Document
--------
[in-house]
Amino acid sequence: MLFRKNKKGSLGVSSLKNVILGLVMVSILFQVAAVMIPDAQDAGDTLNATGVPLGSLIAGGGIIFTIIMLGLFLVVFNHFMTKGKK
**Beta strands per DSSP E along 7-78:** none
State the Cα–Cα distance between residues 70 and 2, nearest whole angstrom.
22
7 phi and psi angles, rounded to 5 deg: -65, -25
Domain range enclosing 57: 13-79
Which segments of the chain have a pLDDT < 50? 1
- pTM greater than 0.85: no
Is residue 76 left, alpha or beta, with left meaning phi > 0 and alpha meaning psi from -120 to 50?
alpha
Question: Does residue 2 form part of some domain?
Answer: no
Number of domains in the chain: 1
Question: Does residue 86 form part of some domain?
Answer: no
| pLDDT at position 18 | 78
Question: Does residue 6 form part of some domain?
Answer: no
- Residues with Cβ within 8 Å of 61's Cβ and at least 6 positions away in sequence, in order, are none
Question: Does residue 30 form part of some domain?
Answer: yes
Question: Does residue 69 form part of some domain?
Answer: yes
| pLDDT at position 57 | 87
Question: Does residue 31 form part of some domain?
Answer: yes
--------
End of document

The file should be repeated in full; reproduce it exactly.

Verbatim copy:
[in-house]
Amino acid sequence: MLFRKNKKGSLGVSSLKNVILGLVMVSILFQVAAVMIPDAQDAGDTLNATGVPLGSLIAGGGIIFTIIMLGLFLVVFNHFMTKGKK
**Beta strands per DSSP E along 7-78:** none
State the Cα–Cα distance between residues 70 and 2, nearest whole angstrom.
22
7 phi and psi angles, rounded to 5 deg: -65, -25
Domain range enclosing 57: 13-79
Which segments of the chain have a pLDDT < 50? 1
- pTM greater than 0.85: no
Is residue 76 left, alpha or beta, with left meaning phi > 0 and alpha meaning psi from -120 to 50?
alpha
Question: Does residue 2 form part of some domain?
Answer: no
Number of domains in the chain: 1
Question: Does residue 86 form part of some domain?
Answer: no
| pLDDT at position 18 | 78
Question: Does residue 6 form part of some domain?
Answer: no
- Residues with Cβ within 8 Å of 61's Cβ and at least 6 positions away in sequence, in order, are none
Question: Does residue 30 form part of some domain?
Answer: yes
Question: Does residue 69 form part of some domain?
Answer: yes
| pLDDT at position 57 | 87
Question: Does residue 31 form part of some domain?
Answer: yes